06/19/2010 05:12 am ET Updated May 25, 2011

Golden Bull

The story of the golden calf in Exodus is the perfect allegory for the conservative movement's rapturous worship of the free market uber alles. In their religious fervor, the free market is always good, and therefore corporations -- no matter their size, power, or history of malfeasance -- are always good too, and all government is always bad, all of the time, no matter what. They worship their idol of gold no matter what actually happens in the world around them, and nothing can change their religion. The economy can collapse in a terrible financial panic on their watch, and it still doesn't shake their faith in their golden idol. The big banks can commit fraud and create massive bubbles they know will pop and it still doesn't shake their faith -- they still don't want financial regulations. Mine accidents can kill people, and they still don't want more safety inspectors. Toys with lead in them can kill toddlers, and they still don't want stronger consumer protections. The number of people killed from E Coli can rise to record levels, and they still don't want stronger food safety rules. Bridges can collapse, and the still don't want to raise taxes to pay to rebuild our infrastructure. 40,000 people a year can die from a lack of health insurance, millions can be denied coverage because of pre-existing conditions, Medicare can prove to be a popular and effective way of delivering health care to people, and they still don't want government involved in health care. Social Security can lift generations of senior citizens out of abject poverty, and they still want to get rid of it.

I could go on and on and on, because heaven knows conservatives do. But the government is always bad, corporations are always good, religion is going to cost them politically on the banking issue. Republicans are threatening to filibuster a bill to regulate the big banks and hedge funds that trashed our economy and that would be the greatest gift they could possibly give Democrats. Filibuster to your heart's content, Sen. McConnell. Let's have this debate go on and on and on. Let it drag on for weeks, or even better, months. I know you will keep repeating Frank Luntz's talking points word for word about how reining in the power of these mega-banks would lead to more bailouts, but voters are already seeing through the act. Even tea partiers, as anti-government as they are, hate the big banks, so go ahead and do your ritual incantations at your altar of gold, and we'll see how this debate plays out.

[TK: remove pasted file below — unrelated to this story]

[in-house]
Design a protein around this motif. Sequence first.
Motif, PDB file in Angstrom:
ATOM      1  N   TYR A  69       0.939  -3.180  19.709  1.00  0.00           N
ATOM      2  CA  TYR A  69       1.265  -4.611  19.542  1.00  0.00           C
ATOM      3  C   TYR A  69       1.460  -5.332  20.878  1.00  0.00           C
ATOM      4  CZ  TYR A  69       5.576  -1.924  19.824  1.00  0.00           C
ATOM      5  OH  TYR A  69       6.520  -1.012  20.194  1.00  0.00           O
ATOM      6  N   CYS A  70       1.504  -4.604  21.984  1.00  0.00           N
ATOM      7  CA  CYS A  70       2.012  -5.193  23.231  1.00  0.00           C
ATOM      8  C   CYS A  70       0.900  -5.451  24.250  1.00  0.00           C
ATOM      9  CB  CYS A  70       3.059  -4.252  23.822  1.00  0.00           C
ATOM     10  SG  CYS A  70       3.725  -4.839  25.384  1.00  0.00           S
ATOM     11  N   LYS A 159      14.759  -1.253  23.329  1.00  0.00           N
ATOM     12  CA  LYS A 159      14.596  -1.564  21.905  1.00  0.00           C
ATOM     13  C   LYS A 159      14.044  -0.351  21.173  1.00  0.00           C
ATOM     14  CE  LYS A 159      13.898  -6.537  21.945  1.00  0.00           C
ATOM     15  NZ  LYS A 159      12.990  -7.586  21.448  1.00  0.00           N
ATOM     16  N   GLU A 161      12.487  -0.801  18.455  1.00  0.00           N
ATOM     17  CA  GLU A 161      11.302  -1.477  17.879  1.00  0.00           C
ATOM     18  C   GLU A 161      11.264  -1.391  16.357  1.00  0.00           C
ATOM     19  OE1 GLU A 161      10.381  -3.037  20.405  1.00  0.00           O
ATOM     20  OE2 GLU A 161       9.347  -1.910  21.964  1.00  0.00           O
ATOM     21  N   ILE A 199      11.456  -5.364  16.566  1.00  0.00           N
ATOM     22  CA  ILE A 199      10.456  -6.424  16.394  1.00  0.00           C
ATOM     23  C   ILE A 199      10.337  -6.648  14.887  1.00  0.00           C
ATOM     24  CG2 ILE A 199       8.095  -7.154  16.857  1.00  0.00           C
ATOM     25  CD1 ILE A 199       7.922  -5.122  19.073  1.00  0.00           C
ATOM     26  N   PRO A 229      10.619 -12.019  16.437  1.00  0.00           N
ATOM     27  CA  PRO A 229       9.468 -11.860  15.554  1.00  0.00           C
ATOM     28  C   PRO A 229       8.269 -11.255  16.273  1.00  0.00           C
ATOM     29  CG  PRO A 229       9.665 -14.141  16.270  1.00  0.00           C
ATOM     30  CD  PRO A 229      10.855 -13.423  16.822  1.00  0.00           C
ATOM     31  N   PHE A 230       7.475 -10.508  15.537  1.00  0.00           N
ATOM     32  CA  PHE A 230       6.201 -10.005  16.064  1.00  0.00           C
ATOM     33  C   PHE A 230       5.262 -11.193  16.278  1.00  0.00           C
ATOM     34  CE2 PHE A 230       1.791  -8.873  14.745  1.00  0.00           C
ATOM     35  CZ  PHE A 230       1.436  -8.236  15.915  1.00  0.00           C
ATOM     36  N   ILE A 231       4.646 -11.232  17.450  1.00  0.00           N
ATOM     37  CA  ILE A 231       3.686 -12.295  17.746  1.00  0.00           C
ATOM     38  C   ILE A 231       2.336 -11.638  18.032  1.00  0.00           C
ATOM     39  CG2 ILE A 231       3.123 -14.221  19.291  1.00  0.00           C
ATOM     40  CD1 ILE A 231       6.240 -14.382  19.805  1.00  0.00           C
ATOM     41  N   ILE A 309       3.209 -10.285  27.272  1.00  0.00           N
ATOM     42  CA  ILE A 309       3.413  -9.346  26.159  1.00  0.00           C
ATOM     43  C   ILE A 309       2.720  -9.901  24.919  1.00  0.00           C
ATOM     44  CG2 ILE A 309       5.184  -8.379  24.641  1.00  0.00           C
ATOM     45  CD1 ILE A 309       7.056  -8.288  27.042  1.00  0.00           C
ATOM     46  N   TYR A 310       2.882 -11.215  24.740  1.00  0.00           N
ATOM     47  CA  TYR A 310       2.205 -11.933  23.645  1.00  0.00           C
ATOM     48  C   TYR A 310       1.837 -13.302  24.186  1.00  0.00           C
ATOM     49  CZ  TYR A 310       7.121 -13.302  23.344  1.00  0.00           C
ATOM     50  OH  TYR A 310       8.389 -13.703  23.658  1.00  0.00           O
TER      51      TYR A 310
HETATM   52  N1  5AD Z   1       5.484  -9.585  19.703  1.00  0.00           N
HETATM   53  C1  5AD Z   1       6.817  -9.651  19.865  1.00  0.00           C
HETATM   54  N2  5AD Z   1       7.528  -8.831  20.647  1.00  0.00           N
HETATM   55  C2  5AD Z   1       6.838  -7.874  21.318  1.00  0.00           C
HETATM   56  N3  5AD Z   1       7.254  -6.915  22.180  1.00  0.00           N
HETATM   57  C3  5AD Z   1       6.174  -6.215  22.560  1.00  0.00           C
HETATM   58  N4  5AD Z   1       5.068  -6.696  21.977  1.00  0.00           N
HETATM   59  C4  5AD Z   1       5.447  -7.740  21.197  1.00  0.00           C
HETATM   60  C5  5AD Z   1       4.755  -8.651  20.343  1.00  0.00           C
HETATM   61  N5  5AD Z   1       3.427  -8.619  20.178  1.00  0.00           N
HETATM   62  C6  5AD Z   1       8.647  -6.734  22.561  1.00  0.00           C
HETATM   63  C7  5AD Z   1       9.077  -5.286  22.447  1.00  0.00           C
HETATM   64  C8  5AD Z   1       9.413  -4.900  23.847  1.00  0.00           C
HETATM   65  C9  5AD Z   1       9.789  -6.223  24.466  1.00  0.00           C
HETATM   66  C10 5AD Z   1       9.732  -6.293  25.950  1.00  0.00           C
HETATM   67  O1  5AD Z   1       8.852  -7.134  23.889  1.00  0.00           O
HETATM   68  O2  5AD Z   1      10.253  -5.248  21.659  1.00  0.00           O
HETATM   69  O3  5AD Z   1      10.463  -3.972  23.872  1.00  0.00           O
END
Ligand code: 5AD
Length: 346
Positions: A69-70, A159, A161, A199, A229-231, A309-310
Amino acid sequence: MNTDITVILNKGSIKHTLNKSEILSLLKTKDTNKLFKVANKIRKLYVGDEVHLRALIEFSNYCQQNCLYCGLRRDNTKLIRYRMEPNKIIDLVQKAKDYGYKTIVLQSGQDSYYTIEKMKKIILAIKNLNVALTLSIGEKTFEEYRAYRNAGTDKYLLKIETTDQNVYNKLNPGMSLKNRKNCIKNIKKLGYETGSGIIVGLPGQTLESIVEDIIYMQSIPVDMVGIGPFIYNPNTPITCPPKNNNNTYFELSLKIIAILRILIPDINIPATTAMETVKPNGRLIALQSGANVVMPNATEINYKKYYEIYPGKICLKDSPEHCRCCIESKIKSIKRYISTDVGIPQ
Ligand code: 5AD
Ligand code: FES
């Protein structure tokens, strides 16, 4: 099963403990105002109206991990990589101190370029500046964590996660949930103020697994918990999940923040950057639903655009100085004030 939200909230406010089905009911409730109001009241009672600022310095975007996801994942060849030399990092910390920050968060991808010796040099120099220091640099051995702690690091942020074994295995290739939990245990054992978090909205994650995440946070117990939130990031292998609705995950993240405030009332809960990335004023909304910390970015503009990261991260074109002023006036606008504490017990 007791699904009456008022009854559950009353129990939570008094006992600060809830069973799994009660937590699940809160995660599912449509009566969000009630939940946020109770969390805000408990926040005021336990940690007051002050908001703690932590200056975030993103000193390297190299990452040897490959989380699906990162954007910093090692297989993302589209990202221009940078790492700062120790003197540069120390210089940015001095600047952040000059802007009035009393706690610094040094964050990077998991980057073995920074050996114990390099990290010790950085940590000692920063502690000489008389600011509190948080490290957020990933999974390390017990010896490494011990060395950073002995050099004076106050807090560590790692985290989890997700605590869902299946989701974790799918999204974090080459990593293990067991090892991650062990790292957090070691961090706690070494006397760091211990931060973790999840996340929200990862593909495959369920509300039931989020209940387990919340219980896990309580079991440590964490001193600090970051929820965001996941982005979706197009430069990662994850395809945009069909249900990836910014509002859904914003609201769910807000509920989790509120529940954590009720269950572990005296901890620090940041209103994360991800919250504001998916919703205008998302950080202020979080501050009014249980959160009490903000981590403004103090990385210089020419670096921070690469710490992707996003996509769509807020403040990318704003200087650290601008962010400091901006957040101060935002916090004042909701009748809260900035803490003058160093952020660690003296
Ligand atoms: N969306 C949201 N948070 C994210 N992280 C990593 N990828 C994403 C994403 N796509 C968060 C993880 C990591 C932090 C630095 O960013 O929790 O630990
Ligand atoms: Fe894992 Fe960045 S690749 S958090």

I'm happy to have this debate, I'm happy to have the debate over whether people want to repeal the ban against insurance companies not covering people with pre-existing conditions, and I'm happy to have the debate over whether to worship corporate America and the free market in all situations. Progressives understand that businesses, big and small, and entrepreneurs of every type, have a centrally valuable role in building our economy. But we also understand that government has a valuable role to play as well, and that sometimes corporations do abuse their power and hurt people. Conservatives want to leave each of us on our own to deal with corporate oligopolies without any help or support from our government. If we get hurt, so be it, because after all, as Glenn Beck puts it, in nature the lions will eat the weak. Progressives believe that power is corrupting- government power, yes, but also corporate power- and that government should be on the side of the little guy instead of on the side of the richest and most powerful in society.

So let's have this debate. Mitch McConnell wants to make the debate this week about big banks and whether government should play any role in holding them accountable and reining them in. I'm good to go on that debate -- and I want to have it on all those other issues as well.

It's time to melt down the golden calf of the free market above all else. That golden calf has turned into golden bull, and it's time to stop worshipping it.